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Erik Edborg (from left), Brian Colonna and Evan Weissman star in Something Is Rotten.
Erik Edborg (from left), Brian Colonna and Evan Weissman star in Something Is Rotten.
Courtesy of Buntport

Buntport Brings Back Something Is Rotten, a Hilarious Take on Hamlet

Being funny about Shakespeare is a difficult trick for theater companies, as occasional reappearances of The Complete Works of William Shakespeare Abridged prove. Having actors prance about in Elizabethan costumes saying “prithee,” "’twas” and “betimes” doesn’t really cut it. To succeed in making Shakespeare funny, you have to understand the text and have the courage and creativity to completely reconceptualize it.

This is something that the actor-writers at Buntport Theater do with style — as they'll no doubt show us again with a revival of Something Is Rotten, their unique take on Hamlet, which the troupe first premiered in 2006, then reprised in 2009.

The company will begin its nineteenth season in September with an original work, Universe 92; another new show debuts in 2020. That season will close with a remount, and there will be further remounts — three or four in total — before Buntport debuts its fiftieth original show in the spring of 2021, marking the end of the company’s twentieth season.

Hitting that fifty mark was pushed back a bit by a recent mishap. The current Buntport crew — Erin Rollman, Hannah Duggan, Erik Edborg, Brian Colonna and SamAnTha Schmitz — had originally planned to end its eighteenth season with a new original work, but Duggan hurt her foot practicing double-Dutch rope jumping. After a brief poll showed that Something Is Rotten was highly popular with audiences, the group decided to bring it back for six performances, starting Friday, May 24.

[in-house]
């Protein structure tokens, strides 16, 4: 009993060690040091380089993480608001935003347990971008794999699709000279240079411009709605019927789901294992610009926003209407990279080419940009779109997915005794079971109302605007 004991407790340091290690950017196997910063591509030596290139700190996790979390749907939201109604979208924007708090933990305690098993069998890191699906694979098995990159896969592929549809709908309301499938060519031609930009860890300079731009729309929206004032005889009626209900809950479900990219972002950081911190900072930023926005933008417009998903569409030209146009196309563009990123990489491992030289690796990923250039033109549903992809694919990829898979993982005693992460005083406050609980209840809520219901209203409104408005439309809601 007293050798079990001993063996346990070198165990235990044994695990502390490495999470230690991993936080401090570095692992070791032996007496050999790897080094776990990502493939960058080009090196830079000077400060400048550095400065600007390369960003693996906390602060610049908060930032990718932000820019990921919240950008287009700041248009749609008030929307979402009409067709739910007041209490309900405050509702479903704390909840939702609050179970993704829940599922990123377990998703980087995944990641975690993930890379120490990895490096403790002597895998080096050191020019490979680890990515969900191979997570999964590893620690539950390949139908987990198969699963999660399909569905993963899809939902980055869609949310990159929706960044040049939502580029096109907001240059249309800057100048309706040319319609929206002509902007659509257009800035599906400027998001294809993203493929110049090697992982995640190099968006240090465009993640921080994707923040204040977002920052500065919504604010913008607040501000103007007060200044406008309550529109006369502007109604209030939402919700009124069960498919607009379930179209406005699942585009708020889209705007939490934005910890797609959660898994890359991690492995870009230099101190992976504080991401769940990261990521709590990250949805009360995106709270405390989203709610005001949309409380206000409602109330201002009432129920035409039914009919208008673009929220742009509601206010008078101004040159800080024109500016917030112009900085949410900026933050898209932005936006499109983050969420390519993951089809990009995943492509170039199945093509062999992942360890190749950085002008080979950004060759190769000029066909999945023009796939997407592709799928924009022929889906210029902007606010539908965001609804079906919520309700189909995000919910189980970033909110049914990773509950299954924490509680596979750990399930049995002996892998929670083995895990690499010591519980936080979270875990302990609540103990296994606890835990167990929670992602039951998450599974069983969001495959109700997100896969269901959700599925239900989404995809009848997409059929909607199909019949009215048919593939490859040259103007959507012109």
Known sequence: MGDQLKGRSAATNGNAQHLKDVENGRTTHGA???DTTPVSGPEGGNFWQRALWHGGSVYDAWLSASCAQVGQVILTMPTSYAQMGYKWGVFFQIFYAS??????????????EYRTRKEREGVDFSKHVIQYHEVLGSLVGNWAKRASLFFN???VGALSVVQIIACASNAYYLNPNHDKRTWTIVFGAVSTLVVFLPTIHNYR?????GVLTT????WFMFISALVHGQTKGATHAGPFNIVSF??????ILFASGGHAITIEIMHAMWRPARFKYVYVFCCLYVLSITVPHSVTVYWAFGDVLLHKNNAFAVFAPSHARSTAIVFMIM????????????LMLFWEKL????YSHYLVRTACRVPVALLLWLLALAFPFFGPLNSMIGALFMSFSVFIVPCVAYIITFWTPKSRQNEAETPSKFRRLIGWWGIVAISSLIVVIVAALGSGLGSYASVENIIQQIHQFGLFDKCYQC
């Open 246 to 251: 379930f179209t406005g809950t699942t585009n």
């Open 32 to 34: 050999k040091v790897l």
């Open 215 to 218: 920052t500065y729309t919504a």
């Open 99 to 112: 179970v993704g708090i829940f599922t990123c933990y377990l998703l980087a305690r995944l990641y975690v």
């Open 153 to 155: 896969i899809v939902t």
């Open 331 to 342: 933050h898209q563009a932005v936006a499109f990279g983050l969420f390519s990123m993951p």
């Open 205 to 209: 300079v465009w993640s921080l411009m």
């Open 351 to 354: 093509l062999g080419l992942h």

Former company member Evan Weissman, who stopped working full-time with the group in 2013 to devote his attention to Warm Cookies of the Revolution, the popular “civic health club” he founded, will return for Something Is Rotten, joining Edborg and Colonna. “It feels like how I imagine good musicians feel when they just connect with each other,” says Weissman. “You could change things up, the smallest thing, and someone else is right there with you. We’re so familiar with it and know each other so well as performers that we’re very present — the three of us are so present the whole time.”

Something Is Rotten isn’t Buntport’s only foray into Shakespeare. The group also staged Titus Andronicus, in which each actor played several roles: You could keep track of who was whom at any given moment by watching bulbs light up sequentially under rows of faces on a chart, and whenever someone died — which was every few minutes — he or she crawled across the stage to record the death before diving back into the action as someone else. No one who saw the production will forget Duggan, as the sadly mutilated Lavinia, waving the blood-gushing stumps of her arms and trying to answer questions with the bloodied stub of her severed tongue.

And in 2013, Buntport staged a richly beautiful and deeply serious take on The Tempest called Wake, a piece that both paid tribute to the playwright and made the work revelatory and new.

In Something Is Rotten, three hapless actors get together to put on Hamlet at the behest of a sock-puppet ghost. One of them is very serious about the project, the others are both indifferent and incompetent. Ophelia is played by a goldfish, and her brother, Laertes, by a Teddy Ruxpin bear — giving entirely new meaning to Queen Gertrude’s mournful pronouncement that “Your sister’s drowned, Laertes.”

Over the years there have been a few goldfish stars — all of which died of natural causes, according to Colonna. “We all have a fondness for the first Ophelia," he confesses. “She looked at you while you were talking. She had a stage presence that can’t be taught.”

Something Is Rotten is intensely and deliberately silly, but it’s also a mountain of fun. “It’s character-driven," explains Colonna. "The comedy comes from these inept performers. People have seen great productions of Hamlet, but with the ineptitude of these characters, we let ourselves off the hook.”

It’s even fun to rehearse. “It’s pretty crazy,” Colonna continues. “We’ve done this so many times it took almost nothing to remember all the lines and a lot of the movements. It’s like a song you’ve known forever. When it comes on, you instantly remember the lyrics and all the emotions it evokes.”

Something Is Rotten opens Friday, May 24, at Buntport, 717 Lipan Street, where it continues until June 1. For tickets and more information, call 720-946-1388 or go to buntport.com.

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